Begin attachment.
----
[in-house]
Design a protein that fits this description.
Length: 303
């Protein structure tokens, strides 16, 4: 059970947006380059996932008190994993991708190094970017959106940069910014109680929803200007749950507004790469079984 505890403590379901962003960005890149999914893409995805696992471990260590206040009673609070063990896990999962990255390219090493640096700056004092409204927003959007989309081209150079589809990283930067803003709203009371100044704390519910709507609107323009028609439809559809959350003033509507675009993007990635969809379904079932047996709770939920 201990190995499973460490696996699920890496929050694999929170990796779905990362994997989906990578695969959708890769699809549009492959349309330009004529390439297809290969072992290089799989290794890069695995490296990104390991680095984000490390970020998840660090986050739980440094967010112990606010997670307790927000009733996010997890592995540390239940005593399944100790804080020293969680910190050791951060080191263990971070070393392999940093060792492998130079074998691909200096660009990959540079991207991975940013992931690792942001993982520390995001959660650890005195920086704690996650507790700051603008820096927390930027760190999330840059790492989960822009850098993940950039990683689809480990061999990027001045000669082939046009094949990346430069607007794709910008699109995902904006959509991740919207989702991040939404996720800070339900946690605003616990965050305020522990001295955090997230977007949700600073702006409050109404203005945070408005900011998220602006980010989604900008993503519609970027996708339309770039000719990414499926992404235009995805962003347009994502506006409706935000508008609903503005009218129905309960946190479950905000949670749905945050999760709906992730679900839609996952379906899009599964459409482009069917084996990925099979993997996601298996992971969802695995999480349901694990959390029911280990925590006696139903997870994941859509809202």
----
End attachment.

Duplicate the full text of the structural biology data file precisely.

[in-house]
Design a protein that fits this description.
Length: 303
């Protein structure tokens, strides 16, 4: 059970947006380059996932008190994993991708190094970017959106940069910014109680929803200007749950507004790469079984 505890403590379901962003960005890149999914893409995805696992471990260590206040009673609070063990896990999962990255390219090493640096700056004092409204927003959007989309081209150079589809990283930067803003709203009371100044704390519910709507609107323009028609439809559809959350003033509507675009993007990635969809379904079932047996709770939920 201990190995499973460490696996699920890496929050694999929170990796779905990362994997989906990578695969959708890769699809549009492959349309330009004529390439297809290969072992290089799989290794890069695995490296990104390991680095984000490390970020998840660090986050739980440094967010112990606010997670307790927000009733996010997890592995540390239940005593399944100790804080020293969680910190050791951060080191263990971070070393392999940093060792492998130079074998691909200096660009990959540079991207991975940013992931690792942001993982520390995001959660650890005195920086704690996650507790700051603008820096927390930027760190999330840059790492989960822009850098993940950039990683689809480990061999990027001045000669082939046009094949990346430069607007794709910008699109995902904006959509991740919207989702991040939404996720800070339900946690605003616990965050305020522990001295955090997230977007949700600073702006409050109404203005945070408005900011998220602006980010989604900008993503519609970027996708339309770039000719990414499926992404235009995805962003347009994502506006409706935000508008609903503005009218129905309960946190479950905000949670749905945050999760709906992730679900839609996952379906899009599964459409482009069917084996990925099979993997996601298996992971969802695995999480349901694990959390029911280990925590006696139903997870994941859509809202």